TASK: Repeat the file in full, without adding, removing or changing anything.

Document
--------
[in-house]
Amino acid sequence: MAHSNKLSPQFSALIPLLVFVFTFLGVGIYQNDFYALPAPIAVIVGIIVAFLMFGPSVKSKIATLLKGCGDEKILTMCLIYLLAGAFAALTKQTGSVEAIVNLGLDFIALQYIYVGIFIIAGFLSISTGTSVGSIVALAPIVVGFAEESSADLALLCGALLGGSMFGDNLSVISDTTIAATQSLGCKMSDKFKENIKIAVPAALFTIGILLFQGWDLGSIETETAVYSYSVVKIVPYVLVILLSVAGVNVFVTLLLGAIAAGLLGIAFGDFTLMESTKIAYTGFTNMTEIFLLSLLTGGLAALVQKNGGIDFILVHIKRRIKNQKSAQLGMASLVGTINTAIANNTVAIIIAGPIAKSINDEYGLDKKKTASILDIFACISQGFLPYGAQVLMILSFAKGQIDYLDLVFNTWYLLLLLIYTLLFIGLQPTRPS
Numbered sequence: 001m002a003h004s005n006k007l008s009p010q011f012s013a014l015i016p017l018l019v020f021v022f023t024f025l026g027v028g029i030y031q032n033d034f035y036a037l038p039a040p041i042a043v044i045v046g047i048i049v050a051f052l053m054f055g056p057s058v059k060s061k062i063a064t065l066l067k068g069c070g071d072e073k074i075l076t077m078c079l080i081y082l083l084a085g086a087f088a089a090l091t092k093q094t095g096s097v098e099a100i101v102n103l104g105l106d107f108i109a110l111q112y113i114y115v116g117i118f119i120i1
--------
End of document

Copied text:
[in-house]
Amino acid sequence: MAHSNKLSPQFSALIPLLVFVFTFLGVGIYQNDFYALPAPIAVIVGIIVAFLMFGPSVKSKIATLLKGCGDEKILTMCLIYLLAGAFAALTKQTGSVEAIVNLGLDFIALQYIYVGIFIIAGFLSISTGTSVGSIVALAPIVVGFAEESSADLALLCGALLGGSMFGDNLSVISDTTIAATQSLGCKMSDKFKENIKIAVPAALFTIGILLFQGWDLGSIETETAVYSYSVVKIVPYVLVILLSVAGVNVFVTLLLGAIAAGLLGIAFGDFTLMESTKIAYTGFTNMTEIFLLSLLTGGLAALVQKNGGIDFILVHIKRRIKNQKSAQLGMASLVGTINTAIANNTVAIIIAGPIAKSINDEYGLDKKKTASILDIFACISQGFLPYGAQVLMILSFAKGQIDYLDLVFNTWYLLLLLIYTLLFIGLQPTRPS
Numbered sequence: 001m002a003h004s005n006k007l008s009p010q011f012s013a014l015i016p017l018l019v020f021v022f023t024f025l026g027v028g029i030y031q032n033d034f035y036a037l038p039a040p041i042a043v044i045v046g047i048i049v050a051f052l053m054f055g056p057s058v059k060s061k062i063a064t065l066l067k068g069c070g071d072e073k074i075l076t077m078c079l080i081y082l083l084a085g086a087f088a089a090l091t092k093q094t095g096s097v098e099a100i101v102n103l104g105l106d107f108i109a110l111q112y113i114y115v116g117i118f119i120i1